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Climate Change and Global Food Availability

August 5, 2012

A new study by NASA climate scientist James Hansen to be published on Monday in the Proceedings of the National Academy of Sciences directly connects global climate change with the spate of extreme weather events in the recent past. In what should be a “duh” moment for most observers, Hansen argues that, “the climate dice are loaded.” In an accompanying editorial in the Washington Post, Hansen argues,

The deadly European heat wave of 2003, the fiery Russian heat wave of 2010 and catastrophic droughts in Texas and Oklahoma last year can each be attributed to climate change. And once the data are gathered in a few weeks’ time, it’s likely that the same will be true for the extremely hot summer the United States is suffering through right now… This is the world we have changed, and now we have to live in it — the world that caused the 2003 heat wave in Europe that killed more than 50,000 people and the 2011 drought in Texas that caused more than $5 billion in damage. Such events, our data show, will become even more frequent and more severe.

Hansen’s conclusions are important not because they present new material or findings, but because they represent one of the first times scientists are directly connecting extreme weather events with climate change. Historically, climate change scientists couched their conclusions with caveats noting that specific events cannot be connected to broad climate change trends. Andrew Weaver of the University of British Columbia emphasized the importance of this shift, nothing that Hansen’s study shifts our thinking. “Rather than say, ‘Is this because of climate change?’ That’s the wrong question. What you can say is, ‘How likely is this to have occurred with the absence of global warming?’ It’s so extraordinarily unlikely that it has to be due to global warming.”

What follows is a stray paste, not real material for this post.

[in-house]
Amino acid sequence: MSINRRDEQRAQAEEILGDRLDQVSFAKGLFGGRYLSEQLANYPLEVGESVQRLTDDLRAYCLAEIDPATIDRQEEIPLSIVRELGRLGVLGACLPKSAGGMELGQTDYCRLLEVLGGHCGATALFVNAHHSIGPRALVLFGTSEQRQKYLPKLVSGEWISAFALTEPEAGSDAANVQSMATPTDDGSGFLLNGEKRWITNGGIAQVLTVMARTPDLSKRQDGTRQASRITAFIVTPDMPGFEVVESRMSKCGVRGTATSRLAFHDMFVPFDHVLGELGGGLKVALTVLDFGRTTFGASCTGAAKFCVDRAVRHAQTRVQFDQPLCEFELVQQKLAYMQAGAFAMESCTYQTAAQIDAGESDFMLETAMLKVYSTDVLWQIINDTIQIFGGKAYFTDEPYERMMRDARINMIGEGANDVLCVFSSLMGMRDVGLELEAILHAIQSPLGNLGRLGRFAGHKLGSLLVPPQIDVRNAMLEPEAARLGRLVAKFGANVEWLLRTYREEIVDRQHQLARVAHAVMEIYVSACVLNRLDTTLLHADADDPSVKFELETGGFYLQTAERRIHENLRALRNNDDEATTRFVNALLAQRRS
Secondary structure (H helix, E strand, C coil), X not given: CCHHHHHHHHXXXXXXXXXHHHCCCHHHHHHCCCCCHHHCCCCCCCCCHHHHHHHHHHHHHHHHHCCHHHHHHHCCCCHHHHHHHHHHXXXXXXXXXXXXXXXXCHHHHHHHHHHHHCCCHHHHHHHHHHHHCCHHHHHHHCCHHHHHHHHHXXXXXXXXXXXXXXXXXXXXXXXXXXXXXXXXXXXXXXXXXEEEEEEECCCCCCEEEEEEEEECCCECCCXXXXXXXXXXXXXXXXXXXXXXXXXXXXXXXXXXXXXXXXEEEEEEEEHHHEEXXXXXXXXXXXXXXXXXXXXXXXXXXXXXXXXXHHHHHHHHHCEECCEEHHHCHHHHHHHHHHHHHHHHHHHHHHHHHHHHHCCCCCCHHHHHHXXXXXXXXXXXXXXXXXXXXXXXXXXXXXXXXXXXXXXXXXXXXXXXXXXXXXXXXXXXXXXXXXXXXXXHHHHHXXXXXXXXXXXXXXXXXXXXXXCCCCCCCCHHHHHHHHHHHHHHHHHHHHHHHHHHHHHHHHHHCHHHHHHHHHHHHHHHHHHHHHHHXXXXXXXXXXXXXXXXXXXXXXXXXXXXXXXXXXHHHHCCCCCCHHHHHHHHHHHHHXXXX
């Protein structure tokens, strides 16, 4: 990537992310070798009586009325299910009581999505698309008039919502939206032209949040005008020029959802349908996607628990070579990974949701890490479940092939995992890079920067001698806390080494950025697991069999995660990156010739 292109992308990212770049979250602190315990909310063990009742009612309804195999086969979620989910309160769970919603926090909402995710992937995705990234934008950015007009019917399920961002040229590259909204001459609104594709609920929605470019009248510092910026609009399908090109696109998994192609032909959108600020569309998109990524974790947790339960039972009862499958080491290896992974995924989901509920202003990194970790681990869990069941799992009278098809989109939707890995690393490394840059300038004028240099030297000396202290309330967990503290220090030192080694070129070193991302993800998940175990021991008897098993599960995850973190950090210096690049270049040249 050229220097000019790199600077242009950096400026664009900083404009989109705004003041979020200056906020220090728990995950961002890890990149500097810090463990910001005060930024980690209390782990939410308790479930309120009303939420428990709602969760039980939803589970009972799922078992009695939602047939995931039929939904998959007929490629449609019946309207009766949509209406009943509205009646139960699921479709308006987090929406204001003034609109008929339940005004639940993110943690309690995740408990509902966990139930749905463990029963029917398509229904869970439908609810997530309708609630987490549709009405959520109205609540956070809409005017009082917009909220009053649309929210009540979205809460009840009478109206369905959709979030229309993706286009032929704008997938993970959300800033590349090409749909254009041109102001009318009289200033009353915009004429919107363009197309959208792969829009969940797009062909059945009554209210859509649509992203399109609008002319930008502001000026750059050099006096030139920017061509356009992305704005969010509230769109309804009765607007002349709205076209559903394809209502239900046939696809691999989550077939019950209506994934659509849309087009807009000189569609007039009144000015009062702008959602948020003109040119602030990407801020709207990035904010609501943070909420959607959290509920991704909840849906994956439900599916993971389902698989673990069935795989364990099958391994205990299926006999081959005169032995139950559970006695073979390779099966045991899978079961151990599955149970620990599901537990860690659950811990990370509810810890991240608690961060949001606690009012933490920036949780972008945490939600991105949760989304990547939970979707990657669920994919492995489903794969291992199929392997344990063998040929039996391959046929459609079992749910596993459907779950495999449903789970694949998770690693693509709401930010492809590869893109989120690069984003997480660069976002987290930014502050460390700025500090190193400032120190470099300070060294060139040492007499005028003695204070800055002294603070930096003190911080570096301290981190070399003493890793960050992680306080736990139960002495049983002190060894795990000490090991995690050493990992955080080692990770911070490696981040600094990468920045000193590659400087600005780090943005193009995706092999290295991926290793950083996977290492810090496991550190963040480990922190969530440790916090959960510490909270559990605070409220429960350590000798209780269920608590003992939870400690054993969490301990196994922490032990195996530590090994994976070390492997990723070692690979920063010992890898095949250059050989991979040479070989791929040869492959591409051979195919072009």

From the perspective of global food politics, Hansen’s study provides an important warning. We already know that fallout from global climate change will be unevenly distributed, with the global south suffering a disproportionate share of the negative impacts.  William Cline’s 2007 analysis noted demonstrated that parts of the global south—especially parts of Africa—could see crop yields decline by between 25 and 50 percent (see figure below) as they experience hotter weather and more erratic rainfall.

In short, the current “worst drought in a generation” is increasingly likely to be the “worst drought since last year’s drought.” We need to start thinking about these questions now.

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